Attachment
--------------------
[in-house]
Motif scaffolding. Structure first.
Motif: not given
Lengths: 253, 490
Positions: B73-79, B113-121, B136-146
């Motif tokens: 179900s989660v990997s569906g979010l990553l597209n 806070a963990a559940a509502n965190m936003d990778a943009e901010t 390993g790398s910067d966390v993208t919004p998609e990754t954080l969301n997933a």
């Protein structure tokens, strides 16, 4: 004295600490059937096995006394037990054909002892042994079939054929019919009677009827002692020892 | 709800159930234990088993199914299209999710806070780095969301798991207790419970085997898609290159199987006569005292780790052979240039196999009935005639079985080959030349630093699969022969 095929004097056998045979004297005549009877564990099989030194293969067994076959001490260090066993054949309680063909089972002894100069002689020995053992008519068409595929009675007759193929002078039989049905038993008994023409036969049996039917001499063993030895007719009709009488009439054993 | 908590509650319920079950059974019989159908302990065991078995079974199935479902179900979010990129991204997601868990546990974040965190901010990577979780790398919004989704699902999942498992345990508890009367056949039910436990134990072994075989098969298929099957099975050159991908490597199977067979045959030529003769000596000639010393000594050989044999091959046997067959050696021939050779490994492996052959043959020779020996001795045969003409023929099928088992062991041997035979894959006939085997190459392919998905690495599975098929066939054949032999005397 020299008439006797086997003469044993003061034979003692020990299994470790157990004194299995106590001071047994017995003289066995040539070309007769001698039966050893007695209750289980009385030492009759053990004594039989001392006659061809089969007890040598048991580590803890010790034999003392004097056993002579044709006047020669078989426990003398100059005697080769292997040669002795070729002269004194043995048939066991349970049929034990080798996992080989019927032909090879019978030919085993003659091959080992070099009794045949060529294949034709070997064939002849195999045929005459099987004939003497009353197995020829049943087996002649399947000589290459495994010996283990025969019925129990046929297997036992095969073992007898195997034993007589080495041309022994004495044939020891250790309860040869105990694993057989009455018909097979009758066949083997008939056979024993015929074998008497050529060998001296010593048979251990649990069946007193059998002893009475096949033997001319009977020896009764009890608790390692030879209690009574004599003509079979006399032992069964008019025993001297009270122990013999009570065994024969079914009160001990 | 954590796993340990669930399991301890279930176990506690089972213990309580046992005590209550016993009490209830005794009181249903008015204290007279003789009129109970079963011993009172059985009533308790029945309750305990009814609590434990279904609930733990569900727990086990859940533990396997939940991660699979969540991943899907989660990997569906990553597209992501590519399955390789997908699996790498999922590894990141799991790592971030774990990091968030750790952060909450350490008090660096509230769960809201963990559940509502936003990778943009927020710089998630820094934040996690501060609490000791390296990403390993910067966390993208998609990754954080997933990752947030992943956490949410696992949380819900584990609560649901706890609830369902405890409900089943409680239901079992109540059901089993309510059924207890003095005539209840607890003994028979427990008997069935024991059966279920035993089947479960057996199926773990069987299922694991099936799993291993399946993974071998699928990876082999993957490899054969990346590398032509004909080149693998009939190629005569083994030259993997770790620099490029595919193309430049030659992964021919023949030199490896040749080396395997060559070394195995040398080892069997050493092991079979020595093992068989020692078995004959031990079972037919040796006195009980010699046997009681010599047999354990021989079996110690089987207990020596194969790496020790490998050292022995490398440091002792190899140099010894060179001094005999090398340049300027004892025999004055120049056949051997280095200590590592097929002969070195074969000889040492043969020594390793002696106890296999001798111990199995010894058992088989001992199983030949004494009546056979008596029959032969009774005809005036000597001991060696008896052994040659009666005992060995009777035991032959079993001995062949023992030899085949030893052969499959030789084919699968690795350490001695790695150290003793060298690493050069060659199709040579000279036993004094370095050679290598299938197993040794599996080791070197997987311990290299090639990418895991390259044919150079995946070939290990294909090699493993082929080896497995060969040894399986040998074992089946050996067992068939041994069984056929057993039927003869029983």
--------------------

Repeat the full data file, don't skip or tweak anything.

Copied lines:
[in-house]
Motif scaffolding. Structure first.
Motif: not given
Lengths: 253, 490
Positions: B73-79, B113-121, B136-146
């Motif tokens: 179900s989660v990997s569906g979010l990553l597209n 806070a963990a559940a509502n965190m936003d990778a943009e901010t 390993g790398s910067d966390v993208t919004p998609e990754t954080l969301n997933a």
């Protein structure tokens, strides 16, 4: 004295600490059937096995006394037990054909002892042994079939054929019919009677009827002692020892 | 709800159930234990088993199914299209999710806070780095969301798991207790419970085997898609290159199987006569005292780790052979240039196999009935005639079985080959030349630093699969022969 095929004097056998045979004297005549009877564990099989030194293969067994076959001490260090066993054949309680063909089972002894100069002689020995053992008519068409595929009675007759193929002078039989049905038993008994023409036969049996039917001499063993030895007719009709009488009439054993 | 908590509650319920079950059974019989159908302990065991078995079974199935479902179900979010990129991204997601868990546990974040965190901010990577979780790398919004989704699902999942498992345990508890009367056949039910436990134990072994075989098969298929099957099975050159991908490597199977067979045959030529003769000596000639010393000594050989044999091959046997067959050696021939050779490994492996052959043959020779020996001795045969003409023929099928088992062991041997035979894959006939085997190459392919998905690495599975098929066939054949032999005397 020299008439006797086997003469044993003061034979003692020990299994470790157990004194299995106590001071047994017995003289066995040539070309007769001698039966050893007695209750289980009385030492009759053990004594039989001392006659061809089969007890040598048991580590803890010790034999003392004097056993002579044709006047020669078989426990003398100059005697080769292997040669002795070729002269004194043995048939066991349970049929034990080798996992080989019927032909090879019978030919085993003659091959080992070099009794045949060529294949034709070997064939002849195999045929005459099987004939003497009353197995020829049943087996002649399947000589290459495994010996283990025969019925129990046929297997036992095969073992007898195997034993007589080495041309022994004495044939020891250790309860040869105990694993057989009455018909097979009758066949083997008939056979024993015929074998008497050529060998001296010593048979251990649990069946007193059998002893009475096949033997001319009977020896009764009890608790390692030879209690009574004599003509079979006399032992069964008019025993001297009270122990013999009570065994024969079914009160001990 | 954590796993340990669930399991301890279930176990506690089972213990309580046992005590209550016993009490209830005794009181249903008015204290007279003789009129109970079963011993009172059985009533308790029945309750305990009814609590434990279904609930733990569900727990086990859940533990396997939940991660699979969540991943899907989660990997569906990553597209992501590519399955390789997908699996790498999922590894990141799991790592971030774990990091968030750790952060909450350490008090660096509230769960809201963990559940509502936003990778943009927020710089998630820094934040996690501060609490000791390296990403390993910067966390993208998609990754954080997933990752947030992943956490949410696992949380819900584990609560649901706890609830369902405890409900089943409680239901079992109540059901089993309510059924207890003095005539209840607890003994028979427990008997069935024991059966279920035993089947479960057996199926773990069987299922694991099936799993291993399946993974071998699928990876082999993957490899054969990346590398032509004909080149693998009939190629005569083994030259993997770790620099490029595919193309430049030659992964021919023949030199490896040749080396395997060559070394195995040398080892069997050493092991079979020595093992068989020692078995004959031990079972037919040796006195009980010699046997009681010599047999354990021989079996110690089987207990020596194969790496020790490998050292022995490398440091002792190899140099010894060179001094005999090398340049300027004892025999004055120049056949051997280095200590590592097929002969070195074969000889040492043969020594390793002696106890296999001798111990199995010894058992088989001992199983030949004494009546056979008596029959032969009774005809005036000597001991060696008896052994040659009666005992060995009777035991032959079993001995062949023992030899085949030893052969499959030789084919699968690795350490001695790695150290003793060298690493050069060659199709040579000279036993004094370095050679290598299938197993040794599996080791070197997987311990290299090639990418895991390259044919150079995946070939290990294909090699493993082929080896497995060969040894399986040998074992089946050996067992068939041994069984056929057993039927003869029983």